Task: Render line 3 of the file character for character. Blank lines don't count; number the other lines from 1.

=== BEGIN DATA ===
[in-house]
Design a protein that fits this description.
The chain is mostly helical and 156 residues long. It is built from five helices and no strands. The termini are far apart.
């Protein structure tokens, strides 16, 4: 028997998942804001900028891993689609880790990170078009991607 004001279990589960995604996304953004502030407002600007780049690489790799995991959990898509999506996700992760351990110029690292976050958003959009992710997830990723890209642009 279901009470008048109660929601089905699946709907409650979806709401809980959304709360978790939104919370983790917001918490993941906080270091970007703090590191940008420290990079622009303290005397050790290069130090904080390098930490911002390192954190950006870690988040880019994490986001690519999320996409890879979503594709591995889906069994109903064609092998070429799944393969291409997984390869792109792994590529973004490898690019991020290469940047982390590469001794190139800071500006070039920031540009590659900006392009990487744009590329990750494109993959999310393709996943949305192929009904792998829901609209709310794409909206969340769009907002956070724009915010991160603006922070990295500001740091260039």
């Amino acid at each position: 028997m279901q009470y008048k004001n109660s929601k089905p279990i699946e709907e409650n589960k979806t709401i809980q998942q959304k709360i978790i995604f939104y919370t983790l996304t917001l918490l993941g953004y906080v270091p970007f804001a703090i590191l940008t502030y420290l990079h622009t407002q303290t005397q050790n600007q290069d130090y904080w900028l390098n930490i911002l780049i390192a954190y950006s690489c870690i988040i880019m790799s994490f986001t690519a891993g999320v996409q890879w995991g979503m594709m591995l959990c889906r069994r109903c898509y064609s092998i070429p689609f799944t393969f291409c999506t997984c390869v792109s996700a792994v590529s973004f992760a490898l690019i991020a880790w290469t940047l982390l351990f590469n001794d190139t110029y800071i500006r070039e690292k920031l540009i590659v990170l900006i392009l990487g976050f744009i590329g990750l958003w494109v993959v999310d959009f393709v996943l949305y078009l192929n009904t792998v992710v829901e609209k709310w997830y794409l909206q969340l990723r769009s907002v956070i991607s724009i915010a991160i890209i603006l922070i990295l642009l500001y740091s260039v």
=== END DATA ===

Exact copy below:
The chain is mostly helical and 156 residues long. It is built from five helices and no strands. The termini are far apart.